When more than 7,000 workers at Marriott hotels walked out on strike in October, their demands centered on wages and working conditions. Among the concerns are fluctuating hours and unpredictable paychecks for the company’s predominantly black and Latino employees. But behind Marriott’s employment practices lurks another source of economic insecurity: an affiliated credit union that is supposed to operate in employees’ best interests. Even as Marriott cuts worker hours and fails to pay a living wage, the Marriott Employees Federal Credit Union (MEFCU), officially independent but led by Marriott International executives—is pushing short-term, high-fee loans as a way for workers to cope with the income instability that Marriott itself is creating.
The promise is seductive. When paychecks fall short, workers can take out a loan to pay the bills. Yet debt is seldom a sustainable way to make ends meet, especially when loans come with high fees. Data from the National Credit Administration show that MEFCU brings in more in fees for every dollar loaned than any other credit union of its membership type, charging $11 in fees for every $100 loaned, substantially more than its peer institutions. The result is a debt trap that, as a recent New York Times exposé of the credit union documented, can drain the bank accounts of unwary workers nearly as fast as a paycheck can fill them.
The combination of predatory lending and predatory-employment practices has a historical precedent in the sharecropping system that kept formerly enslaved black families in the South trapped in a cycle of debt. Since most sharecroppers did not have a steady cash flow, they used their prospective crops as collateral to finance loans from the country store, a merchant who faced little competition and could therefore set interest rates as high as 50 or 60 percent. White store merchants and landlords built their own wealth on a system that left predominantly black sharecroppers in perpetual debt.
Like that system, Marriott’s employment instability and its credit union’s high-fee loans are fueling growing racial inequality. Indeed, Marriott’s mostly black and Latino front-line workforce may be particularly vulnerable to high-cost lending at MEFCU because of the long history of families of color being excluded from the wealth-building opportunities that have benefited white families. As a result, people of color remain less likely to have savings to fall back on when work hours are cut. They become more exposed to predatory lending, which in turn strips additional resources from families and communities, further increasing their reliance on borrowing in the future.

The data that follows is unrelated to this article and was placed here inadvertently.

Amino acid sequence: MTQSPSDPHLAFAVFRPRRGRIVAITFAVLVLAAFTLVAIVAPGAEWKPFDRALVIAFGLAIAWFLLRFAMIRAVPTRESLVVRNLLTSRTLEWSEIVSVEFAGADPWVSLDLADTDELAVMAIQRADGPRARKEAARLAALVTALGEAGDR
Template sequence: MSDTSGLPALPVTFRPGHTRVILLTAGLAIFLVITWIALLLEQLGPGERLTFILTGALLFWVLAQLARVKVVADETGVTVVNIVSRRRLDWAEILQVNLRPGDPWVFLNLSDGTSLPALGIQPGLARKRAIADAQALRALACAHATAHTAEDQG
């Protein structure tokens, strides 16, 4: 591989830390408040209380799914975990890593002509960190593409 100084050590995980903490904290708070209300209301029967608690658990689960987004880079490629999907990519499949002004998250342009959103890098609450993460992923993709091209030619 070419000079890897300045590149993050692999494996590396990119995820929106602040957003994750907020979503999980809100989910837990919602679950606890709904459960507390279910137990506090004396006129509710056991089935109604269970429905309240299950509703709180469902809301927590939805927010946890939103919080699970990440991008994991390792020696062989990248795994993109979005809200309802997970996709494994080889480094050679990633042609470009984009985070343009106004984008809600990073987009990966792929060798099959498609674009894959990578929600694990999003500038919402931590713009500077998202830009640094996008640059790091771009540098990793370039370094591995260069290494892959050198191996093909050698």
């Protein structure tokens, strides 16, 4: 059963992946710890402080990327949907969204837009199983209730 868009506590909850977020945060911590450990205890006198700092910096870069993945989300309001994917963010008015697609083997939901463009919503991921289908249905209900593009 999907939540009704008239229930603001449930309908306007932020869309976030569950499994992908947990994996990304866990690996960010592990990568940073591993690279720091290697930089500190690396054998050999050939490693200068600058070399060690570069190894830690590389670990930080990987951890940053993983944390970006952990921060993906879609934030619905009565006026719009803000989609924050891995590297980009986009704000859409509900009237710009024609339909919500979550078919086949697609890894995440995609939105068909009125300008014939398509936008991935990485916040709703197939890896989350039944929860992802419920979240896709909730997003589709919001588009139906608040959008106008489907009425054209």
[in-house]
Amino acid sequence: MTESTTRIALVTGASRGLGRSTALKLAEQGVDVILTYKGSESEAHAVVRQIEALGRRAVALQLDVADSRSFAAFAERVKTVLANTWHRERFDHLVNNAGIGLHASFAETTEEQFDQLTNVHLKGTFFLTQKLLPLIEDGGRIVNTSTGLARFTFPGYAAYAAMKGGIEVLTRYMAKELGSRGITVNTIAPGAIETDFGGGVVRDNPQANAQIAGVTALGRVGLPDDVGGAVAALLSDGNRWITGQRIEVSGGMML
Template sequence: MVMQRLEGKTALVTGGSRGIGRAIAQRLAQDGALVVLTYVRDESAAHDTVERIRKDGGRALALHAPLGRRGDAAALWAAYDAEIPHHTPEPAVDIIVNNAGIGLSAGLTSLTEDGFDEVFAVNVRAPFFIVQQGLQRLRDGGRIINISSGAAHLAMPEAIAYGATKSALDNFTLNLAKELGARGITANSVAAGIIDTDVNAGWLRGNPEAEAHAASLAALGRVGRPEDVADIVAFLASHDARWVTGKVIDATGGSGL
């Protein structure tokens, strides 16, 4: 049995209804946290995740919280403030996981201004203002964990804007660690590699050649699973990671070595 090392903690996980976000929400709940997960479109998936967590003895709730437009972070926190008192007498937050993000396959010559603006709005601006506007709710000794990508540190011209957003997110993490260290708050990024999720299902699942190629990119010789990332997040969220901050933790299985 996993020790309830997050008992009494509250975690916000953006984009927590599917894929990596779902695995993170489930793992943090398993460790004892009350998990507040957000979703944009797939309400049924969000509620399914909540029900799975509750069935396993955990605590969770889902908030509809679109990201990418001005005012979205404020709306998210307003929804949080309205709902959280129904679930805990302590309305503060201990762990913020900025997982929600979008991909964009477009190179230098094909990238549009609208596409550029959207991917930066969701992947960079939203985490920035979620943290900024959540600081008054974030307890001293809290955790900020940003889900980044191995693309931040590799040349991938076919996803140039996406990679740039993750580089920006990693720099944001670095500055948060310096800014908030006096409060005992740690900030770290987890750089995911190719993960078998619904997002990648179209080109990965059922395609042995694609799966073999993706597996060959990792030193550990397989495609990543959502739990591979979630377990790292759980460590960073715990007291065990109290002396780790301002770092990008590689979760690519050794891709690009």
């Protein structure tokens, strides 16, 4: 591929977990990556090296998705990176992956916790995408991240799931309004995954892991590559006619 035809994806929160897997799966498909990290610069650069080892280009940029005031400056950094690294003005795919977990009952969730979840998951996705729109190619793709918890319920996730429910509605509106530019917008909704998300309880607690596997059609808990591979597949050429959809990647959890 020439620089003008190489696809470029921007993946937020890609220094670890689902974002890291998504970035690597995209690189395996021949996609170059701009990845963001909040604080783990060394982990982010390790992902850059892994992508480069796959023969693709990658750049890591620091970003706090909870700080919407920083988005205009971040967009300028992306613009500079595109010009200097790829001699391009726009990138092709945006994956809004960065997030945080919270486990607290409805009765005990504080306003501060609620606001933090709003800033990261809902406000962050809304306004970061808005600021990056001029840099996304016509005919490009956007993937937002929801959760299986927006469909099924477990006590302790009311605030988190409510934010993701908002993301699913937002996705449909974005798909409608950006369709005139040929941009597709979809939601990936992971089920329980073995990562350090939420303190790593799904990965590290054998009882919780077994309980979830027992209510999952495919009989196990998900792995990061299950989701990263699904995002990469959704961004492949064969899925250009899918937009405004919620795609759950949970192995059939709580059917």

Now MEFCU does offer some employees an opportunity to build wealth. Higher-income, disproportionately white employees (including Marriott’s executives) can access a favorable home-mortgage loan. According to data released in accordance with the Home Mortgage Disclosure Act, 59 percent of black applicants were denied a home loan from MEFCU between 2011 and 2017—nearly double the denial rate of white applicants. Black applicants only received a total of 12 home loans from MEFCU during the six-year period, which amounted to just 6 percent of the total home-mortgage dollars loaned by the credit union. Moreover, even among wealthier applicants—those making more than $100,000 annually—black applicants were denied twice as often as their white counterparts.
The disparities do not necessarily mean that MEFCU is deliberately discriminating against black applicants but rather that the credit union’s everyday corporate practices reflect existing racial inequality—and in the process, amplify it further.
The good news is that Marriott workers have their own plans for disrupting the cycle of debt and disadvantage. As they realize that joining together in a union is a more effective way to secure adequate income than taking out a high-fee loan, their strike continues to build strength. Their rallying cry, “One job should be enough!,” sets forth a different path for Marriott, one based on fair wages and stable schedules for workers of all backgrounds rather than wealth-stripping debt. Facing criticism, Marriott executives have already made a concession: They will ask MEFCU to reassess its fee structure. But this first step is hardly sufficient. The world’s largest and wealthiest hotel company can—and must—enable the working people who make it profitable to earn a good living and build the wealth that will provide a real future for their families. The picket lines will stay up until they do.